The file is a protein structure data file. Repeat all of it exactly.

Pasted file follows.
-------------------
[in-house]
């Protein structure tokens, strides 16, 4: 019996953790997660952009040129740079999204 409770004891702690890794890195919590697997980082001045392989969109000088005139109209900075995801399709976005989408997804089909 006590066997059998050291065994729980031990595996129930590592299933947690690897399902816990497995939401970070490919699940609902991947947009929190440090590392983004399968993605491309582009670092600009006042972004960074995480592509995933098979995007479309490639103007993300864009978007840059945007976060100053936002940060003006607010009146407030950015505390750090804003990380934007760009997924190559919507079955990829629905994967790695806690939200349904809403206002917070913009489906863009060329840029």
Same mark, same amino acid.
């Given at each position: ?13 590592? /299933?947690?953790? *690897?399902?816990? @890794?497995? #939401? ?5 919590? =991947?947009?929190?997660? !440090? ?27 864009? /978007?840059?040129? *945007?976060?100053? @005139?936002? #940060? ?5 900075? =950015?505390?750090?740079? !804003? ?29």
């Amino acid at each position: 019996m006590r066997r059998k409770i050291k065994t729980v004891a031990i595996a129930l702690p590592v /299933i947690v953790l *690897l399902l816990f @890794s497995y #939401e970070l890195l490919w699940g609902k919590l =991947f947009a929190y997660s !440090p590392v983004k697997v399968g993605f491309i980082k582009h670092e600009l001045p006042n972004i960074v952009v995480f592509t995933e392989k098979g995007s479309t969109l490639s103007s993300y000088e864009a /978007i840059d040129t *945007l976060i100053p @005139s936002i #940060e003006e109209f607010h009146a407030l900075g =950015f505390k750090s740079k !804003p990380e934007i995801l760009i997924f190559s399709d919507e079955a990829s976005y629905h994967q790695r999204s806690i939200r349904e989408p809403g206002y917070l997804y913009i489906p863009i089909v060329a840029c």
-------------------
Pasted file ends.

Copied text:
[in-house]
């Protein structure tokens, strides 16, 4: 019996953790997660952009040129740079999204 409770004891702690890794890195919590697997980082001045392989969109000088005139109209900075995801399709976005989408997804089909 006590066997059998050291065994729980031990595996129930590592299933947690690897399902816990497995939401970070490919699940609902991947947009929190440090590392983004399968993605491309582009670092600009006042972004960074995480592509995933098979995007479309490639103007993300864009978007840059945007976060100053936002940060003006607010009146407030950015505390750090804003990380934007760009997924190559919507079955990829629905994967790695806690939200349904809403206002917070913009489906863009060329840029």
Same mark, same amino acid.
């Given at each position: ?13 590592? /299933?947690?953790? *690897?399902?816990? @890794?497995? #939401? ?5 919590? =991947?947009?929190?997660? !440090? ?27 864009? /978007?840059?040129? *945007?976060?100053? @005139?936002? #940060? ?5 900075? =950015?505390?750090?740079? !804003? ?29």
């Amino acid at each position: 019996m006590r066997r059998k409770i050291k065994t729980v004891a031990i595996a129930l702690p590592v /299933i947690v953790l *690897l399902l816990f @890794s497995y #939401e970070l890195l490919w699940g609902k919590l =991947f947009a929190y997660s !440090p590392v983004k697997v399968g993605f491309i980082k582009h670092e600009l001045p006042n972004i960074v952009v995480f592509t995933e392989k098979g995007s479309t969109l490639s103007s993300y000088e864009a /978007i840059d040129t *945007l976060i100053p @005139s936002i #940060e003006e109209f607010h009146a407030l900075g =950015f505390k750090s740079k !804003p990380e934007i995801l760009i997924f190559s399709d919507e079955a990829s976005y629905h994967q790695r999204s806690i939200r349904e989408p809403g206002y917070l997804y913009i489906p863009i089909v060329a840029c």